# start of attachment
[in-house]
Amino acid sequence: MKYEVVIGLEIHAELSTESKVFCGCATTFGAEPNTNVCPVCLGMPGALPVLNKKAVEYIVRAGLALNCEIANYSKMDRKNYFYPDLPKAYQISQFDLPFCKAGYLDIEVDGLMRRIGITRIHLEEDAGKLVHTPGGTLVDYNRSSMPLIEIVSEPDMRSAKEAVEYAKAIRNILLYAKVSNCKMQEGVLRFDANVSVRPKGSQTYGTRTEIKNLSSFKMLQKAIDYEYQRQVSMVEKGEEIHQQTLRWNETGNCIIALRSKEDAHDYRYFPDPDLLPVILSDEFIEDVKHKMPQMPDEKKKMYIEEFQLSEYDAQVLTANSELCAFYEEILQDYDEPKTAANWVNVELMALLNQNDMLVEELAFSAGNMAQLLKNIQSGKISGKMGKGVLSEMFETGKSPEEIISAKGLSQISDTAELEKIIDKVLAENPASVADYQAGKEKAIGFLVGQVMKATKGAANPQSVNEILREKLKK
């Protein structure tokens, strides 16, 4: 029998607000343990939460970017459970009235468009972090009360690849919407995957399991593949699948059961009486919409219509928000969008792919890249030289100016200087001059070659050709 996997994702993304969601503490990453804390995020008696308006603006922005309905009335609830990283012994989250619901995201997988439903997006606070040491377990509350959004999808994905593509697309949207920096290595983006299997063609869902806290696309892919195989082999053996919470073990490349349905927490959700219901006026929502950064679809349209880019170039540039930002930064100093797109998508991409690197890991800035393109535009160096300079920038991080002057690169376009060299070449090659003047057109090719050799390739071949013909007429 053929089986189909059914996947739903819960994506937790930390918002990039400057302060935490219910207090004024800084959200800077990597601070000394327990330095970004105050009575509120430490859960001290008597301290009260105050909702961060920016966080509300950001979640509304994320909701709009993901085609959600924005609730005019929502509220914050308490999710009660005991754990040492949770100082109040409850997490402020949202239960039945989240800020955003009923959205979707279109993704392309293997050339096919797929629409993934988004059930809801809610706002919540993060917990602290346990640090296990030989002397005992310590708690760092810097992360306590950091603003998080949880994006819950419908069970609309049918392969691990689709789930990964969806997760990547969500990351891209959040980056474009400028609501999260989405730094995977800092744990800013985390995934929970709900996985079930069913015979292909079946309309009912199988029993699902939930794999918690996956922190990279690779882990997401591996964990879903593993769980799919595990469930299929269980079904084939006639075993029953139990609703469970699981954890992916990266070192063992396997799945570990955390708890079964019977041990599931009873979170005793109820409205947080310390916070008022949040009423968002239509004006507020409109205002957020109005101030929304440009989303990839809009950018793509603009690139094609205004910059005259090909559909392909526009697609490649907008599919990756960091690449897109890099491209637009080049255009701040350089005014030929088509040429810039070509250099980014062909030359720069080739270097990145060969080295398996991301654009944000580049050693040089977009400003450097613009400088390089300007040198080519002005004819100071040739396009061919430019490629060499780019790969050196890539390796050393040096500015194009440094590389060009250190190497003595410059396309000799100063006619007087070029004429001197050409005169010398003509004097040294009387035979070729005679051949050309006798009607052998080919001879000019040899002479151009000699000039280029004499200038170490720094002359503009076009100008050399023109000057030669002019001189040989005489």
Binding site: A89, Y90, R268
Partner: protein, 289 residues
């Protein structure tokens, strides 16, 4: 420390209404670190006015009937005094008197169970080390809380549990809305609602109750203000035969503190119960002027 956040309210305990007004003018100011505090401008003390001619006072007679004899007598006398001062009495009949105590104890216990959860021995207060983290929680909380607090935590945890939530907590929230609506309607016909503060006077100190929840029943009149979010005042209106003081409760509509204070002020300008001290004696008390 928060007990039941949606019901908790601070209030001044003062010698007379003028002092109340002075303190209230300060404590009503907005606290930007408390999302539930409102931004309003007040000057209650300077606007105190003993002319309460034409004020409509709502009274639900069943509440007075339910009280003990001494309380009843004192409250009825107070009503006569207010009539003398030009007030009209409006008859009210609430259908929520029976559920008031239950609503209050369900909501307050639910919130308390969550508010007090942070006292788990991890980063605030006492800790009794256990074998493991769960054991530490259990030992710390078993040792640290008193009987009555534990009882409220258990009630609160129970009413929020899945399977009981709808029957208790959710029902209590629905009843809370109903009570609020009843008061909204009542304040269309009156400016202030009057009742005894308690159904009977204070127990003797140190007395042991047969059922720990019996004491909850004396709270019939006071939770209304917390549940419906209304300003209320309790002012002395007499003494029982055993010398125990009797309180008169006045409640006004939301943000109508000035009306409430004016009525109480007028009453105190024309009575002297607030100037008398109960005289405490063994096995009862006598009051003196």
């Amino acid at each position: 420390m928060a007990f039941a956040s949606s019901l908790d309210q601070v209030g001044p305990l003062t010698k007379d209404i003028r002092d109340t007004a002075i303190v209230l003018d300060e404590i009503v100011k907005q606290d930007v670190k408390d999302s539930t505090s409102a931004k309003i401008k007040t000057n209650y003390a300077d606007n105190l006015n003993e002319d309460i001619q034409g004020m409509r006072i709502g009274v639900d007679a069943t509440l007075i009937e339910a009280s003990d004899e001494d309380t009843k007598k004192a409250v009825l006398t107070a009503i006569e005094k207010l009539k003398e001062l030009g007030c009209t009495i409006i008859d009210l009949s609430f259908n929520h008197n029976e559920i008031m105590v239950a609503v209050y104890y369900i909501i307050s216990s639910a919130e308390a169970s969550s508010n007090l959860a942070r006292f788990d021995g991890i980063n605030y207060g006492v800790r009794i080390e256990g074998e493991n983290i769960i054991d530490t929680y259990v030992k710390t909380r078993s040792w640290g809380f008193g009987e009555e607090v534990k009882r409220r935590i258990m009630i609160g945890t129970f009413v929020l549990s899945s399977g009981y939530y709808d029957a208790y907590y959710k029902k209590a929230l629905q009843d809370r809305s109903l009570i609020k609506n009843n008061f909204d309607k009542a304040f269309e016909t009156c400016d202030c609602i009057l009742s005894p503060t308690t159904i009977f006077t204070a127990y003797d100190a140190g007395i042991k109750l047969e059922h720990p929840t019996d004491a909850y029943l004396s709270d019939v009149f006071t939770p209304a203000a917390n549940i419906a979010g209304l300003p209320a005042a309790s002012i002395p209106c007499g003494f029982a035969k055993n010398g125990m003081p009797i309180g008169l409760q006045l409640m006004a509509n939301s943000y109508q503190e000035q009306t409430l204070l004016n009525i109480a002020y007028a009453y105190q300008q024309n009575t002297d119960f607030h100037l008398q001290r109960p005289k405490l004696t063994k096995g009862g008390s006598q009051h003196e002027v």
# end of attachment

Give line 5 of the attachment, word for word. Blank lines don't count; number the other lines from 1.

Partner: protein, 289 residues